Tell me, if you will …

Why is it bad to accuse smart black kids of “acting white” but OK to criticize smart politicians for “acting French”?

What’s the difference between these two cases?

1. Some black children make fun of other black children who display an interest in their studies for “acting white.” That is widely agreed to be A Bad Thing.

2. Chris Suellentrop, Mickey Kaus, and Glenn Reynolds make fun of John Kerry, who answered a Haitian questioner in Haitian Creole, for “acting French.”

In each case, displaying knowledge is taken to be evidence of arrogance and of disloyalty to the group, because the group self-identifies with its ignorance.

Actually, there is an important difference: Suellentrop, Kaus, and Reynolds aren’t poor and socially marginal.

(Just in case you had any doubt about what “acting French” is about, Kaus (October 19, 1:29 am) links it to Kerry’s “wellness” comment. In the debate over health care, the word “wellness” is used to make the point that designing a better system to deliver and pay for professional treatment for people with diagnosable diseases is not the only way, or even the best way, to improve physical and mental health. It’s a silghtly subtle point, and a rather bold one. And, as Kaus demonstrates, easy to make fun of if you think that subtlety is un-American or unmanly.)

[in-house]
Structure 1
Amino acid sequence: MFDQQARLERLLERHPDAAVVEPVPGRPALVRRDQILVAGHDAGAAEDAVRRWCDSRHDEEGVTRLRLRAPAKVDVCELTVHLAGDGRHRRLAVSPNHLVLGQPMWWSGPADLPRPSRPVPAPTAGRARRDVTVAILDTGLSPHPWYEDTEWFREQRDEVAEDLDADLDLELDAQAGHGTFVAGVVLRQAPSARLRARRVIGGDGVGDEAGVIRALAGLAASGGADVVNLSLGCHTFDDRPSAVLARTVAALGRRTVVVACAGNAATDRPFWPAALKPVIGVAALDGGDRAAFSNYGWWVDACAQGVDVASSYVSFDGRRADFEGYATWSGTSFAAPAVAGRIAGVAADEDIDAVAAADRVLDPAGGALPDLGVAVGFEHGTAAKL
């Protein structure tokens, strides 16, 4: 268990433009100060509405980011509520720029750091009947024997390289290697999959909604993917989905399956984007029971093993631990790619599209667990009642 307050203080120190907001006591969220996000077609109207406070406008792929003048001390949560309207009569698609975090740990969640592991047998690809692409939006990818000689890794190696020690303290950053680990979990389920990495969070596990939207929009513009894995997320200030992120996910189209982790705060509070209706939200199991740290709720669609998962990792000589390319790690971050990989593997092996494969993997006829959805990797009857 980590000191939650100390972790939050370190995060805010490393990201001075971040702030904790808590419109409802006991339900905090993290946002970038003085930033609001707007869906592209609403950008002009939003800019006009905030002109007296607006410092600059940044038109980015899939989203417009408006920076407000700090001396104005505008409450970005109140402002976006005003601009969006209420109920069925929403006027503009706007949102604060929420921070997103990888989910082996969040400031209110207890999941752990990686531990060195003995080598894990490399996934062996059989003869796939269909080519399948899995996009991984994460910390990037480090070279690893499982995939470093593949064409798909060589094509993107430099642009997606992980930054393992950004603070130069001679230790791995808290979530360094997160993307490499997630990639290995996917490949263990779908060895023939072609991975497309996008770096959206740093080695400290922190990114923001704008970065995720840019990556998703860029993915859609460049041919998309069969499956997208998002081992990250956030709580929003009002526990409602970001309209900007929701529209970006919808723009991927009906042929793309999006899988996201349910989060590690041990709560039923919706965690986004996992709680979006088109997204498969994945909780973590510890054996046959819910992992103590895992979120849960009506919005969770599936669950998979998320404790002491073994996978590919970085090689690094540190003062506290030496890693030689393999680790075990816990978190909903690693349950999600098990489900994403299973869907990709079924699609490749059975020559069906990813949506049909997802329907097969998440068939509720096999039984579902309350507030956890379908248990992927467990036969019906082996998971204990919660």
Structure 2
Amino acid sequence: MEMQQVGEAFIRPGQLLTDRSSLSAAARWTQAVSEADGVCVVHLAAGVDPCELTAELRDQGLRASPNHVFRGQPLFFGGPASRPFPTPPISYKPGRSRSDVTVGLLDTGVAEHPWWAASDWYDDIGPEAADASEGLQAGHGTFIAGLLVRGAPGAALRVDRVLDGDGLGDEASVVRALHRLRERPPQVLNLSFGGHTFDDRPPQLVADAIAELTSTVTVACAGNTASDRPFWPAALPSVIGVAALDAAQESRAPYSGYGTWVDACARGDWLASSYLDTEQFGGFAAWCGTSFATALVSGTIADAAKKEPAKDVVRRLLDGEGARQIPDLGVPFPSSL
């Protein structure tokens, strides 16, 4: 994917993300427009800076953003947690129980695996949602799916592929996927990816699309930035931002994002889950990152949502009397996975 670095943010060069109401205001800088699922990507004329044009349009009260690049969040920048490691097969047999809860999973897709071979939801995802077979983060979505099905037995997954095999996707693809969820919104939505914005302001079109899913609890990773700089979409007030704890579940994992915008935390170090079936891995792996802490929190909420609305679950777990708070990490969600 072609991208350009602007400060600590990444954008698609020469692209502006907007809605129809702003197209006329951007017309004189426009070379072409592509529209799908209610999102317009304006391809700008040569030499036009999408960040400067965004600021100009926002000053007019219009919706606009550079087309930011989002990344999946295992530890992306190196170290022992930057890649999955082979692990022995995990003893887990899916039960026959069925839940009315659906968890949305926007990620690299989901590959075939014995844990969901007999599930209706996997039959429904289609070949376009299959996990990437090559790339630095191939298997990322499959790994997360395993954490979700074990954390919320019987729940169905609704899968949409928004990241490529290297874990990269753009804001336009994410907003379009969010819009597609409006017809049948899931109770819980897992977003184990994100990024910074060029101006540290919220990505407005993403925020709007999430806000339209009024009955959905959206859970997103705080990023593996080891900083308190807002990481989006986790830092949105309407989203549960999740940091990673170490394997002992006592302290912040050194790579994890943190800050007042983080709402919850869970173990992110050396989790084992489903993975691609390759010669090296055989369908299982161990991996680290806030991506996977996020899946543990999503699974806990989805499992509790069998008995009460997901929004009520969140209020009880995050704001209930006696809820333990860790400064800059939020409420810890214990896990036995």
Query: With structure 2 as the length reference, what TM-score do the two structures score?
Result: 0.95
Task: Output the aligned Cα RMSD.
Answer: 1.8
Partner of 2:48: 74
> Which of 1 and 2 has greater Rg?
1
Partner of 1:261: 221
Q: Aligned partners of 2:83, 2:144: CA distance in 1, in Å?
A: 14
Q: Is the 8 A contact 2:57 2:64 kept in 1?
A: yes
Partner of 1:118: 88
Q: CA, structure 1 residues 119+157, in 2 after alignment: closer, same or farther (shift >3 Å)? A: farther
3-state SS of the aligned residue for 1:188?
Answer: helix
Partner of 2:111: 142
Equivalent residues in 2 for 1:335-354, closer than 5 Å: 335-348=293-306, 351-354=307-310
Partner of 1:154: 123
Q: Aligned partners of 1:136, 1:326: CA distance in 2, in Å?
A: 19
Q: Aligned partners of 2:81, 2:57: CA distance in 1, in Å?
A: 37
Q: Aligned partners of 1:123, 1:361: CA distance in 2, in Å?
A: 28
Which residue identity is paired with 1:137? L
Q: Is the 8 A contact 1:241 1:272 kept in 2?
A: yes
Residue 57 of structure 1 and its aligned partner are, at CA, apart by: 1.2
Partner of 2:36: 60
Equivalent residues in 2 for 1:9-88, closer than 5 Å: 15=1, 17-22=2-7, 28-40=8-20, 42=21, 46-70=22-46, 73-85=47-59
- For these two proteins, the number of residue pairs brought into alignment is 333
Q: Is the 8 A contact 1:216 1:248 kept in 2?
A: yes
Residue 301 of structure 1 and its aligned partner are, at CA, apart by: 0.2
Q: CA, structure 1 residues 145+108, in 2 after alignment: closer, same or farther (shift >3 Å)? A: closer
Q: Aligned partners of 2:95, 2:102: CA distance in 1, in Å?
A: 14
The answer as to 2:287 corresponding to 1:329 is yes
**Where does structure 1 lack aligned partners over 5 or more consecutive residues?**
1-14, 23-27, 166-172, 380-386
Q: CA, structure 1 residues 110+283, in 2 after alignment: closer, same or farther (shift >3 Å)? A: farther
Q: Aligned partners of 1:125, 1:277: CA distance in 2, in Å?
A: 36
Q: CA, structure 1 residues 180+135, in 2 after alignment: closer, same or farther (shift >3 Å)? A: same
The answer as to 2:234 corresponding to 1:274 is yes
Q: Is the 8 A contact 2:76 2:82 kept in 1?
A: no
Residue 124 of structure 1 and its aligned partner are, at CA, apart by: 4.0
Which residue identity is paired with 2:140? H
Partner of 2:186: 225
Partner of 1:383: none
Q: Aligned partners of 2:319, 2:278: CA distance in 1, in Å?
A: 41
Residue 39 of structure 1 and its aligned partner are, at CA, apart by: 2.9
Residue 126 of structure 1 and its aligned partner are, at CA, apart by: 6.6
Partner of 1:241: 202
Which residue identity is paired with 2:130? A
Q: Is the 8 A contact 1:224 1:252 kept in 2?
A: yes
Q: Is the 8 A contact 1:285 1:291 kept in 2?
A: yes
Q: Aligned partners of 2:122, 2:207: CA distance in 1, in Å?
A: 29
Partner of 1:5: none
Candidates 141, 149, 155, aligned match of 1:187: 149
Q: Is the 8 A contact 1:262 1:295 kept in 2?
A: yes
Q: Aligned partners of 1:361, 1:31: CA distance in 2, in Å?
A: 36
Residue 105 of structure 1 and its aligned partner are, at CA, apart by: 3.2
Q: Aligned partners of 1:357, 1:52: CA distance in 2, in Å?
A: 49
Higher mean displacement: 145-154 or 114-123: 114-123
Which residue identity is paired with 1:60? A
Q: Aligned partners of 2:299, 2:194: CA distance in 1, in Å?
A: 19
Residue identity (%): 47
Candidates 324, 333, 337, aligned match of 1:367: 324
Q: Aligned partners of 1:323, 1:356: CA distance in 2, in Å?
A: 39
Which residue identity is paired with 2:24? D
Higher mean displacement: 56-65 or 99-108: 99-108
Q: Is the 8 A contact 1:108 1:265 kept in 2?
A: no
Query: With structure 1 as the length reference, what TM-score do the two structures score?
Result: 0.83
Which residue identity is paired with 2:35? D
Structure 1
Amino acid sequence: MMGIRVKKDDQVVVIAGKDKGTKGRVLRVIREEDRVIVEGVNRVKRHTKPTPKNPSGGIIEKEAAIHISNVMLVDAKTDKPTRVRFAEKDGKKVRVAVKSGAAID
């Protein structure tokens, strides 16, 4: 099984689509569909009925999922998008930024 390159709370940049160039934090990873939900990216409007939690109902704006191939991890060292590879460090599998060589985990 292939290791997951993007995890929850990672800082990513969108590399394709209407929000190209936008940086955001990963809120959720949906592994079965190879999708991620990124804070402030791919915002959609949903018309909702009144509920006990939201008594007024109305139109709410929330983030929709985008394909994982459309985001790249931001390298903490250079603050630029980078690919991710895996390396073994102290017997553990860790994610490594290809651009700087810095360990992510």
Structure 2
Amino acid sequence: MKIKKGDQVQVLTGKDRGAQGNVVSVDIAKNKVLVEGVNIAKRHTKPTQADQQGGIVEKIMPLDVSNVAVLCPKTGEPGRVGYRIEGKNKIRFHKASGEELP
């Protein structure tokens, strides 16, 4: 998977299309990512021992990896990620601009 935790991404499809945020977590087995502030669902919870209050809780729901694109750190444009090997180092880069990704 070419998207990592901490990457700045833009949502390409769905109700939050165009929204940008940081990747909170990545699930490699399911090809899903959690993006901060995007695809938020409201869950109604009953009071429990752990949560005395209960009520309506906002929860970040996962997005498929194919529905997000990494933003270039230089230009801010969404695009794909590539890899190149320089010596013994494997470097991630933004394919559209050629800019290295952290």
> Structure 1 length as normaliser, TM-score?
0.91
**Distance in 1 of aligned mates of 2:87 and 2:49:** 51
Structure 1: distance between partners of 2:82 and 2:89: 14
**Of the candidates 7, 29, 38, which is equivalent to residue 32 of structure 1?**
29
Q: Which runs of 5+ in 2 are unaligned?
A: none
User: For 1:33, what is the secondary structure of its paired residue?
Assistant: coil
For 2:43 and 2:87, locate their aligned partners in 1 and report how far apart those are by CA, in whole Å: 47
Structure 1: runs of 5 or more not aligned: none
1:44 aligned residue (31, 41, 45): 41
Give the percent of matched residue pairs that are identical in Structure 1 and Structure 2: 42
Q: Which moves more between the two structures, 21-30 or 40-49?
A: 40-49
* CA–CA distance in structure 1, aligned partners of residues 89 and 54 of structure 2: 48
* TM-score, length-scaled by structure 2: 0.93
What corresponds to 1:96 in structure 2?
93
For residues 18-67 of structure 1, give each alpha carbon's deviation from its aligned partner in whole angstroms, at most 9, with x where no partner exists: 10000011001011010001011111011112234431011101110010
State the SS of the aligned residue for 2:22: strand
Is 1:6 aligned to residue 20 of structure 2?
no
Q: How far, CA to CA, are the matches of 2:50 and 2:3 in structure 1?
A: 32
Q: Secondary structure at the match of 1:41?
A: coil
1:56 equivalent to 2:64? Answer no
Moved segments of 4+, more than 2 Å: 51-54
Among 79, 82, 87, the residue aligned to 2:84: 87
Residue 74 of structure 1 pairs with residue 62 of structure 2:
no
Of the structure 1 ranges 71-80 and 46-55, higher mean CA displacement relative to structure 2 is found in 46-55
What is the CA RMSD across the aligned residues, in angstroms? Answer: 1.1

Author: Mark Kleiman

Professor of Public Policy at the NYU Marron Institute for Urban Management and editor of the Journal of Drug Policy Analysis. Teaches about the methods of policy analysis about drug abuse control and crime control policy, working out the implications of two principles: that swift and certain sanctions don't have to be severe to be effective, and that well-designed threats usually don't have to be carried out. Books: Drugs and Drug Policy: What Everyone Needs to Know (with Jonathan Caulkins and Angela Hawken) When Brute Force Fails: How to Have Less Crime and Less Punishment (Princeton, 2009; named one of the "books of the year" by The Economist Against Excess: Drug Policy for Results (Basic, 1993) Marijuana: Costs of Abuse, Costs of Control (Greenwood, 1989) UCLA Homepage Curriculum Vitae Contact: